Separation of Power

There Is No Absolute Doctrine Of Separation Of Powers In The UK Constitution. Overlaps Exist Both In Terms Of The Functions Of The Organs Of State And The Personnel Operating Within Them. The UK Relies On A System Of Checks And Balances To Prevent Against Abuses Of Power. Examine How The Checks And Balances Work To Prevent Against Potential Abuses Of Power And Discuss The Extent To Which The Current Administration Has Sought To Strengthen These Checks And Balances In Recent Years. The doctrine of separation of powers had influenced many philosophers, constitution makers, like Montesquieu who all had deep thinking to this doctrine.

Even though UK constitution is unwritten but it is a golden principle of separation of powers for the world to follow. In 1748 the French jurist, Montesquieu, put forward his theory that ‘there can be no liberty’ and also said that “everything would come to an end if the legislative, executive and judicial powers of government were to be exercised by the same person or authority” (L’Esprit des Louis 1748). The UK has a separation of powers; there are clear overlaps both in terms of personnel and function between the three organs of government which may be discerned.

The government powers should be exercised by legislative, executive and judicial, within their own limitations and should also check each and other. Britain’s concept of separation of powers that Parliament, executive and courts each have their own perimeters and each should exercise their powers accordingly. Monarchy used to influence over government but now it is like a symbolic for government however it is sovereign. John Lock and Charles Montesquieu are the significant figure for this doctrine .

According to Montesquieu vision, the separation of powers is an idea where checks and balances works like you running after someone in a circle and they running after you. One person should not should not perform his duties in three organs of government at a time. Each organ of government should not interfere with the other organ e. g. ministers should not have legislative powers . The executive consists of government, including the Prime Minister and the Cabinet other than in the legislative functions of Parliament The role of the executive is to implement government policies.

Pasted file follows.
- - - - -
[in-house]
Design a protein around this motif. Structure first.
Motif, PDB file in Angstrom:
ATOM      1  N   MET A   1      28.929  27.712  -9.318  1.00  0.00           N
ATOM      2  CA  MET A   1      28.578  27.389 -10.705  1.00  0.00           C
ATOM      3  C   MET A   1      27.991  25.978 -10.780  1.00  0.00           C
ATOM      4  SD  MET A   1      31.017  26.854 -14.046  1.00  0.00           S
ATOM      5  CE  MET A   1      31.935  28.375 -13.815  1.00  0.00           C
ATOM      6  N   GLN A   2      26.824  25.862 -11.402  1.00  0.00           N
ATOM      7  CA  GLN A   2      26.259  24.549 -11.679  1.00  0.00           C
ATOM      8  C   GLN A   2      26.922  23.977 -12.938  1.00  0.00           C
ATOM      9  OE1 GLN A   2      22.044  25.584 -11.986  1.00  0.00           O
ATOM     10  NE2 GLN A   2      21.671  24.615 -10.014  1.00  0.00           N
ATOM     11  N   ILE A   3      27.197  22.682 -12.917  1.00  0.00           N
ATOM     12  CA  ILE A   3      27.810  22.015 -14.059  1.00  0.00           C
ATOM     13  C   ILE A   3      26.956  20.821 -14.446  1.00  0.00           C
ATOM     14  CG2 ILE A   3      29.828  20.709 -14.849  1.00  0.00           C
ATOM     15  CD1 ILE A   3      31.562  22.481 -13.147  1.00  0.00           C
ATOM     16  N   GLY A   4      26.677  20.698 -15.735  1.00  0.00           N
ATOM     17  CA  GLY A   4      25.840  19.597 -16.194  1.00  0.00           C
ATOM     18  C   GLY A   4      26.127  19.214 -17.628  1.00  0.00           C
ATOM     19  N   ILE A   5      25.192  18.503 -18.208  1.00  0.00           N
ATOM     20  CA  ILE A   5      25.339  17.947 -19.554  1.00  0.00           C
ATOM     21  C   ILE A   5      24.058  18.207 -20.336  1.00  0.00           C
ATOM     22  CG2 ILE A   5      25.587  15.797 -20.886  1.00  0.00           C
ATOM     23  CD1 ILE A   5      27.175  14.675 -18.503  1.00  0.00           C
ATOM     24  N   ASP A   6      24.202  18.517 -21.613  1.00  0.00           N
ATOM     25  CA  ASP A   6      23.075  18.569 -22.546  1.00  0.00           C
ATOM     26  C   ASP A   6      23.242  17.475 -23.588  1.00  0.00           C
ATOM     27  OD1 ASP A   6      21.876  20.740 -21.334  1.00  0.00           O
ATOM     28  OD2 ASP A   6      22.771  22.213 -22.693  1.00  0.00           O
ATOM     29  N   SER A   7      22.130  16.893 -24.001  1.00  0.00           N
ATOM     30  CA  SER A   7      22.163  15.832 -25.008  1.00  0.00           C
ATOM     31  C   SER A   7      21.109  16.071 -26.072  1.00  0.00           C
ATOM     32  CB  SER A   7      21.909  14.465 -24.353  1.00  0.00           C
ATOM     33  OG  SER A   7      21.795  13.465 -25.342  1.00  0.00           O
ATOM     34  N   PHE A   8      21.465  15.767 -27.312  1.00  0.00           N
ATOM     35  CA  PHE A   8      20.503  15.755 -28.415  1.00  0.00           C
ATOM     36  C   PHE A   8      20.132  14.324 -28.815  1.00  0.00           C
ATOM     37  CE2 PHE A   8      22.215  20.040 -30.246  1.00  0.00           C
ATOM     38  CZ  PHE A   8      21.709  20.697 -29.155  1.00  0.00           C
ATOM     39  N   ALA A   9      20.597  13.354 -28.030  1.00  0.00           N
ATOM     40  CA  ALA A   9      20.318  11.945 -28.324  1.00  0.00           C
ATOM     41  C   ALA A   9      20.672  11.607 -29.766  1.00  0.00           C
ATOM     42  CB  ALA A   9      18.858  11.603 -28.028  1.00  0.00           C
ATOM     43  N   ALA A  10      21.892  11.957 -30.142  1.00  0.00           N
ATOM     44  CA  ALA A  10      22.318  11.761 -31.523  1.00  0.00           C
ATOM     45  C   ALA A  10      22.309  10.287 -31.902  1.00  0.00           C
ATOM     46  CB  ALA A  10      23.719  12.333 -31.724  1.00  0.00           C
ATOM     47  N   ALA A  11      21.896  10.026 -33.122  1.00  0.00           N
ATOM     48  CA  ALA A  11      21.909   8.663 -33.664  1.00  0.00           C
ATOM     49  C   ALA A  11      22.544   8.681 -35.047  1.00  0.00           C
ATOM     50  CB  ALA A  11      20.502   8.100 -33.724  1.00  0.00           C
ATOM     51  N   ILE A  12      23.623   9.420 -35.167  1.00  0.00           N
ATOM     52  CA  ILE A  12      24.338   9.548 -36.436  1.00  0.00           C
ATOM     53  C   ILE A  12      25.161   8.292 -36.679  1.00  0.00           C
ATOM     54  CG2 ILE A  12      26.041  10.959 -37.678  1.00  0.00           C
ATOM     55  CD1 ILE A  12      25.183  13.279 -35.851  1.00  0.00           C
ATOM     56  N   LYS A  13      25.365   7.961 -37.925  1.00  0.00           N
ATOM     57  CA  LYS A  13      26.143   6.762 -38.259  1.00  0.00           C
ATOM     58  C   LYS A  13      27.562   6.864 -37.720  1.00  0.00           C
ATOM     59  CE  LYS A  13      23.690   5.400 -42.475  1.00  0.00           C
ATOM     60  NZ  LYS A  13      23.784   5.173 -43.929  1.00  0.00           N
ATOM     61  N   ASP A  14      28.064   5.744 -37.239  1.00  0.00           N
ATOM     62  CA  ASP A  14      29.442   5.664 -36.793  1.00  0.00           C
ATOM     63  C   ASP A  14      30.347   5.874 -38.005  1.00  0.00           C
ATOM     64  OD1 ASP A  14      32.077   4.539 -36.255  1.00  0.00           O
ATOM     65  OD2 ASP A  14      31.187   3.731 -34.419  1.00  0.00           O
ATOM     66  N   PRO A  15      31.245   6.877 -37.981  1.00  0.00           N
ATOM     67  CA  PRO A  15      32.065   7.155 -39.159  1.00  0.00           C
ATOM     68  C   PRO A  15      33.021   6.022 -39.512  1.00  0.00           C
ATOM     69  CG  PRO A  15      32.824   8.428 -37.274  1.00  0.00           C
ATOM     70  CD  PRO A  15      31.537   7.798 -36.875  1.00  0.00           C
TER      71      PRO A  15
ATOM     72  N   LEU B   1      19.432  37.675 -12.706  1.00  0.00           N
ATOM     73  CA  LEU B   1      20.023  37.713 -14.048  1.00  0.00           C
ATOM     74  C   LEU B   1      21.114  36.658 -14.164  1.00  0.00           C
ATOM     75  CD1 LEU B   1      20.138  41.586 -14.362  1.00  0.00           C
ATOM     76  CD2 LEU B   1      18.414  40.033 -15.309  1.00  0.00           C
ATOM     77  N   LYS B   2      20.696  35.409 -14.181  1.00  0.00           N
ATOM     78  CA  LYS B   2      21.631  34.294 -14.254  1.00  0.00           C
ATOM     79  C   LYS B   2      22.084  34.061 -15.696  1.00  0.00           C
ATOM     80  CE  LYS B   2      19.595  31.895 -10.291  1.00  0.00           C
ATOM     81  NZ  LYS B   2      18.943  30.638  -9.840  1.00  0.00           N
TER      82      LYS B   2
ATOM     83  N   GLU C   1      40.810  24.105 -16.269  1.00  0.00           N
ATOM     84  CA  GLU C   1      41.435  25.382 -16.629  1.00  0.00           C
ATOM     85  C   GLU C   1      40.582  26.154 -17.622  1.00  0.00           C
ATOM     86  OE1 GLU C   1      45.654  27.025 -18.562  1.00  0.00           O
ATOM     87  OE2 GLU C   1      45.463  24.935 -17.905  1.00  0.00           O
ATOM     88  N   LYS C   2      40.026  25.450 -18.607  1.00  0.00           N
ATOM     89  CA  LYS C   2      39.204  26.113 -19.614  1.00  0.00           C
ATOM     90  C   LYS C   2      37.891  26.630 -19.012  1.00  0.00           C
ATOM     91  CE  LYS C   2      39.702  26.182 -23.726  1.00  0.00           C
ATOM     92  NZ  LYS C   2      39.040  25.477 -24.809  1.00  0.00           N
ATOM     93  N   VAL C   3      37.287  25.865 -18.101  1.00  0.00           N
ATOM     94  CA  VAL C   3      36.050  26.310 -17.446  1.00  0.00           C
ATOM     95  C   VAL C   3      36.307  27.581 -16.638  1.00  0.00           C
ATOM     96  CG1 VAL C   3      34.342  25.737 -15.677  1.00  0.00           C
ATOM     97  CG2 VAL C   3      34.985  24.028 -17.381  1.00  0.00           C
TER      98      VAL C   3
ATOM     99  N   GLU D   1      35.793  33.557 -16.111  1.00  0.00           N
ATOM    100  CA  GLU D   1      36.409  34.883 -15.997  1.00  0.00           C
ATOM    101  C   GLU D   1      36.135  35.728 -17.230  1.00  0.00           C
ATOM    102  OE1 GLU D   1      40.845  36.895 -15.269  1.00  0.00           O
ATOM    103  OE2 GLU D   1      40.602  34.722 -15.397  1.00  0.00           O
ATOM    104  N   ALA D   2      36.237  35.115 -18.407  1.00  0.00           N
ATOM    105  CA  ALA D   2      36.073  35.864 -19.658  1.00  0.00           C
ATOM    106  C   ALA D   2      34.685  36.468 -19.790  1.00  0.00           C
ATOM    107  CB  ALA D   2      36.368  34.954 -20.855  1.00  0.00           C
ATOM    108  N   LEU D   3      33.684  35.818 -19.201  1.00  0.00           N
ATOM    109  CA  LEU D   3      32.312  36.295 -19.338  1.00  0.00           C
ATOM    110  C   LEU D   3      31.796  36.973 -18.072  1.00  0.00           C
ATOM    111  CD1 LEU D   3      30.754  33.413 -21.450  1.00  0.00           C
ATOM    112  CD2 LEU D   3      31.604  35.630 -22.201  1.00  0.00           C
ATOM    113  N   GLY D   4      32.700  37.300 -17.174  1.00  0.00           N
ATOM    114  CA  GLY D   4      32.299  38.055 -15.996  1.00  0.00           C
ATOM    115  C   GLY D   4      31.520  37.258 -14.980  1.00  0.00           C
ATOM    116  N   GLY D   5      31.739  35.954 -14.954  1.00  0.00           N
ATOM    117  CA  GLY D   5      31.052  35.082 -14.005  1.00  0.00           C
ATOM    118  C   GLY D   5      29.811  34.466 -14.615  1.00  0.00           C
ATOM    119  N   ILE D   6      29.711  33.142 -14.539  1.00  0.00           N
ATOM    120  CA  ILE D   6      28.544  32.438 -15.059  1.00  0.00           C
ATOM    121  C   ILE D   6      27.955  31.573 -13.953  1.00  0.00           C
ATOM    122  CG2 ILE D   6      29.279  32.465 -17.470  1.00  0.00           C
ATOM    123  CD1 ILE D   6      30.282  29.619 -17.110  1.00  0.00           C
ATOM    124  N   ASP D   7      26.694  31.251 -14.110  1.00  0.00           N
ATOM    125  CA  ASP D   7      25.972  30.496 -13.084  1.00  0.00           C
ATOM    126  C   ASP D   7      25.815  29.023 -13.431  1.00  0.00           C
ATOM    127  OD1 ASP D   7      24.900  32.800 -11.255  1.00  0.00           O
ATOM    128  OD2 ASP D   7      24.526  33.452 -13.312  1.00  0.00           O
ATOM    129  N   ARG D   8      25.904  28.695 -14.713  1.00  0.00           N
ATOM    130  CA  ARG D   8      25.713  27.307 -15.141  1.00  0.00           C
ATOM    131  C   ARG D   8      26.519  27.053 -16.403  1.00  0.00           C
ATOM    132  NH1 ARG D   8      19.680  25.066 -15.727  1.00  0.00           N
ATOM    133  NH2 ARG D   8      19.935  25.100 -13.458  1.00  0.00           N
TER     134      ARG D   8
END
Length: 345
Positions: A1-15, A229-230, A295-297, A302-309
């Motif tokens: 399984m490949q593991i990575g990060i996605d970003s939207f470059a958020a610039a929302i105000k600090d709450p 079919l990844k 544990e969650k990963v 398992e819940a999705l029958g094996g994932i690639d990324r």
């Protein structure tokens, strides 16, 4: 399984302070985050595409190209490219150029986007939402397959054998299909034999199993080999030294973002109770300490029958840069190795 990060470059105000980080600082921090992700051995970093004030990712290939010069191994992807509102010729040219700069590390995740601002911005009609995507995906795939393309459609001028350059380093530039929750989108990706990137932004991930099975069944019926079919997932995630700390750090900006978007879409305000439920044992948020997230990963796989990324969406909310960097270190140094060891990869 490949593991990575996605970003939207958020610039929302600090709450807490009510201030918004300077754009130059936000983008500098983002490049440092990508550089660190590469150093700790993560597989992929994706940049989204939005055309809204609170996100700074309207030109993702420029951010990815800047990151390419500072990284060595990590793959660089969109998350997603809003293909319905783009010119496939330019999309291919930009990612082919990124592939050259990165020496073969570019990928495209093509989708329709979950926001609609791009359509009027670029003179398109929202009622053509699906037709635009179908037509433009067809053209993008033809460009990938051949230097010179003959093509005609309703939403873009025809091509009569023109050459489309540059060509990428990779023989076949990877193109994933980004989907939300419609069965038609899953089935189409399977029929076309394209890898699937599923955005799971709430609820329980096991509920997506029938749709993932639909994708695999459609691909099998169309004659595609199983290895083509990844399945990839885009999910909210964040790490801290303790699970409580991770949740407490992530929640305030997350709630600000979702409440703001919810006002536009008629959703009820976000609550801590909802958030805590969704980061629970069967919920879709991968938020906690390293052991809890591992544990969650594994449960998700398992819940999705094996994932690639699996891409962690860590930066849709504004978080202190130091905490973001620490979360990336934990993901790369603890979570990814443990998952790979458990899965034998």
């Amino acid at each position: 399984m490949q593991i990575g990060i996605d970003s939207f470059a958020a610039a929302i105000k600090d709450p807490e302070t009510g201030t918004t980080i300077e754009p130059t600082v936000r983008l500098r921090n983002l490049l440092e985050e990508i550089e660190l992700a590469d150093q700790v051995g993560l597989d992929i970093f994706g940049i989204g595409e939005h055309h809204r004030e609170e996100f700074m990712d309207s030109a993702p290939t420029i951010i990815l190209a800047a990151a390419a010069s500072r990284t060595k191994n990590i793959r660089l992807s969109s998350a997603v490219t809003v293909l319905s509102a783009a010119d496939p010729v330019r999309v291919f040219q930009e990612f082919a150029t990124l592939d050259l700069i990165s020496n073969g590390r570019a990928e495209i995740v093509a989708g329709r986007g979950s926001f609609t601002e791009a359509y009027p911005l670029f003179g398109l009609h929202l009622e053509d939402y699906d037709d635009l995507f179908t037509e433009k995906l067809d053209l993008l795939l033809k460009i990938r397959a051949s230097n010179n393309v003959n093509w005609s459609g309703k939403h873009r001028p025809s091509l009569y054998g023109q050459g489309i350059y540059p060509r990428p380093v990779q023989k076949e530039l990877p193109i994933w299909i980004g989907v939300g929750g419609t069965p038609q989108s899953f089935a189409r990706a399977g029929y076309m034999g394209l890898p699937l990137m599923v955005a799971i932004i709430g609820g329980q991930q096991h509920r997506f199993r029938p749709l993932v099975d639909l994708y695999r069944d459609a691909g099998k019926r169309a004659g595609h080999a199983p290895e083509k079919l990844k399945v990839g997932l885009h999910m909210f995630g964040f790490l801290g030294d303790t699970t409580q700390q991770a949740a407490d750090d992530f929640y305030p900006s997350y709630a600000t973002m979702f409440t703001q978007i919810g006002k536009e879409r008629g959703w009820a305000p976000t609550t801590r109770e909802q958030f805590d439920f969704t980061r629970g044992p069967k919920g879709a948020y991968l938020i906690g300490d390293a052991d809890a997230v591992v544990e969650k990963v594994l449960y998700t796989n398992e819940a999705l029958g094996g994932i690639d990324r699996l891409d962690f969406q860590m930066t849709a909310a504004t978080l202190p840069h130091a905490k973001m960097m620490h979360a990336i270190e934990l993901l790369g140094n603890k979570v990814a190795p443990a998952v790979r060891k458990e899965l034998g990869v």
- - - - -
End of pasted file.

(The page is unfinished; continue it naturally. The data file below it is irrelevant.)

These include implementing legislation, security, providing social and economic welfare, administrating public services and also try to make good relations with other countries. Therefore the executive function techniques ranging from the formation of broad policies to the detailed management of daily routine services. In the UK, new law is enacted when the Bill has been approved by the House of Commons and Lords and has received Royal assent, however Under the Parliaments Act of 1911 and 1949 legislation maybe enacted even though it has been rejected by the House of Lords, House of Lords only can delay it up to twelve months.

The interpretation of statutes is a vital part of the law-making process, because after such interpretation that is known whether the intentions of those who framed the law have been carried into effect. During this procedure the judges must not challenge the political authority of the legislature to decide what net laws should be made.